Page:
Monsoon season in the desert southwest is my favorite time to get outside for landscape and nature photographs. Even though summer is winding down, there are still plenty of opportunities to photograph summer thunderstorms. For amateur and professional photographers alike there is some magic when it comes to capturing the perfect lightning strike. Photographing lightning can be both boring and thrilling, simple or difficult, and frustrating yet incredibly rewarding.

Monsoon lightning photograph

Capturing lightning at night is relatively easy with a little patience, the right equipment – and the right storm.

I get so many questions as to how to start out photographing lightning that I decided to share a few tips. Many people assume you need expensive equipment, extremely fast shutter speeds, and very quick reflexes to capture the moment of a strike. The tips I am going to share in this post will focus exclusively on shooting nighttime storms, and I will show why all of these assumptions are false. Before I begin let me emphasize the obvious. Lightning is obviously extremely dangerous – and anytime you hear thunder, lightning is close enough to strike you. In the southwest we are blessed to be able to see for long distances. It isn’t uncommon to see storms approach for 20 miles or more. While even that distance is still not completely ‘safe’, I definitely avoid situations where the storm is right on top of me (less than 5 miles), and I am rarely shooting storms while I am getting rained on.  It is always a good idea to make sure you let someone know where you are and to check in with them frequently.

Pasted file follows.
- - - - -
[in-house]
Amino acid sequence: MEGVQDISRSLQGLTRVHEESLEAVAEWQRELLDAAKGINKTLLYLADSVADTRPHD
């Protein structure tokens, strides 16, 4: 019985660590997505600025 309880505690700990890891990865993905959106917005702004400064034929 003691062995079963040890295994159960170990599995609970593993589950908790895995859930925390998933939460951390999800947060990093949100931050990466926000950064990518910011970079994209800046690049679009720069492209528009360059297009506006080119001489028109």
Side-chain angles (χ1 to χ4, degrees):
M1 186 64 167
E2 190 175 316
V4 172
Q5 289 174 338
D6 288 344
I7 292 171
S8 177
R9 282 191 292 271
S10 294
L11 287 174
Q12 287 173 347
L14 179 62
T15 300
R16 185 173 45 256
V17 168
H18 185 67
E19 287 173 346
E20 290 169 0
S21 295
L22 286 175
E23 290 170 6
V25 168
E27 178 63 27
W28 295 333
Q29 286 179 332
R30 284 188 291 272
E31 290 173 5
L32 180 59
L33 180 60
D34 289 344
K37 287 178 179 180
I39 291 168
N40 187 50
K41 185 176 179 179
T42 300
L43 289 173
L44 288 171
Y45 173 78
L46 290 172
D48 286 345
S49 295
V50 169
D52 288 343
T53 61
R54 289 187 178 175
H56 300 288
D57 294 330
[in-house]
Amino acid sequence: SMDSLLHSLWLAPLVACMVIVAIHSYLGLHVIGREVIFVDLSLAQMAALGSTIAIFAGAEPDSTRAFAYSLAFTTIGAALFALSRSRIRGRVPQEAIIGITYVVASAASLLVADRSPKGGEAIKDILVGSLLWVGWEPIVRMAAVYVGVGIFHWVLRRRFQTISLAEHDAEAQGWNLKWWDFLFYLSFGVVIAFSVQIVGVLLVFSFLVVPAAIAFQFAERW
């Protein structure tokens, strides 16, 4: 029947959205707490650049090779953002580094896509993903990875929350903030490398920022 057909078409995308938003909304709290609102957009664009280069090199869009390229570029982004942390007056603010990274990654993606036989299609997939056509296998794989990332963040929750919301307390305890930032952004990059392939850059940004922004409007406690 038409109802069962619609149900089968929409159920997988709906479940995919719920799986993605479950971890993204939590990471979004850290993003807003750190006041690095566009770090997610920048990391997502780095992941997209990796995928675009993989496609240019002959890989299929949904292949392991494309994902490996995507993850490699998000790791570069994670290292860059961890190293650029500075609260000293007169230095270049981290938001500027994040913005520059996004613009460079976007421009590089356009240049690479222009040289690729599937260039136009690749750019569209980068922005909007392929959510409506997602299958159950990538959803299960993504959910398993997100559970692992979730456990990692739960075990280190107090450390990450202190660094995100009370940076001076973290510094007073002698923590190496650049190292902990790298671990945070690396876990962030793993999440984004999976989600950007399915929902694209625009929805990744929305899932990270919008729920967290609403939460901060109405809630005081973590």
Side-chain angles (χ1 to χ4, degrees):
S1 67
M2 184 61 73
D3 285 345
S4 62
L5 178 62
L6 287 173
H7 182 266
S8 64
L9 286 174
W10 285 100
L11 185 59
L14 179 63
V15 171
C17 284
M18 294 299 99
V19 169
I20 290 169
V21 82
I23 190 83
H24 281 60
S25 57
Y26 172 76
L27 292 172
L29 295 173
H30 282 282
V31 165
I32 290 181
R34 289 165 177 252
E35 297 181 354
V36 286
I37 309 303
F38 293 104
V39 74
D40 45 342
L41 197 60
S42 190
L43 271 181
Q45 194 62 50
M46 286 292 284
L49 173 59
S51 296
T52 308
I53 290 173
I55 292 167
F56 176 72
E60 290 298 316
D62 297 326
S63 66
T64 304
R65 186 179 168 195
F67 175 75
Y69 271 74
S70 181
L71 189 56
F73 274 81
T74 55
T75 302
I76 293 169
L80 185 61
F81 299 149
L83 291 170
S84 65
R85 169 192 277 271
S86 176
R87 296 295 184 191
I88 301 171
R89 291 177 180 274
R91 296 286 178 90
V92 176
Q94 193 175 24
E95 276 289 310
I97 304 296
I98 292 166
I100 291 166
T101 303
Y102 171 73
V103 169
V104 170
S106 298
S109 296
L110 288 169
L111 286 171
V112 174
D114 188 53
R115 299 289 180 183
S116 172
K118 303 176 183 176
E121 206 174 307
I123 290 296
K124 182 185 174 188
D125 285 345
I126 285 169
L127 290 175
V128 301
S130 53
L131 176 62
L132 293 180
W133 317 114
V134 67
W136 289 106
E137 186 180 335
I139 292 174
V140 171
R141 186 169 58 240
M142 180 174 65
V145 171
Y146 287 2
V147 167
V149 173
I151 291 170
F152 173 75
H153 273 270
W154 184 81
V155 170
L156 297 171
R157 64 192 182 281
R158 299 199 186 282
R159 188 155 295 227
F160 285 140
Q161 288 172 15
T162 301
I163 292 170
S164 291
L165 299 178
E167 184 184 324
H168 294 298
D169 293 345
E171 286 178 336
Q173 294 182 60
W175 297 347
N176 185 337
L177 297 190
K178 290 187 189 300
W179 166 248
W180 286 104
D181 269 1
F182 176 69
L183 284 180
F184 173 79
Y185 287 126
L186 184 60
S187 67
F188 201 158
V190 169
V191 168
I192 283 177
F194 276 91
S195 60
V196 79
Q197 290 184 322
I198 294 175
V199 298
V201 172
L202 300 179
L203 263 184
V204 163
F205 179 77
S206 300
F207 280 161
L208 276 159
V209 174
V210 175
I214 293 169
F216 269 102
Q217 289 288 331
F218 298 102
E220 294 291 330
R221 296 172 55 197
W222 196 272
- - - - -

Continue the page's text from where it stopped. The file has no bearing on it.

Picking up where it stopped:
Tools needed:

  • Any DSLR or camera allowing for manual settings
  • A solid tripod (I use a carbon fiber because it is less conductive to electricity)
  • A shutter release cable
  • Smart phone with weather app
  • Headlamp or small flashlight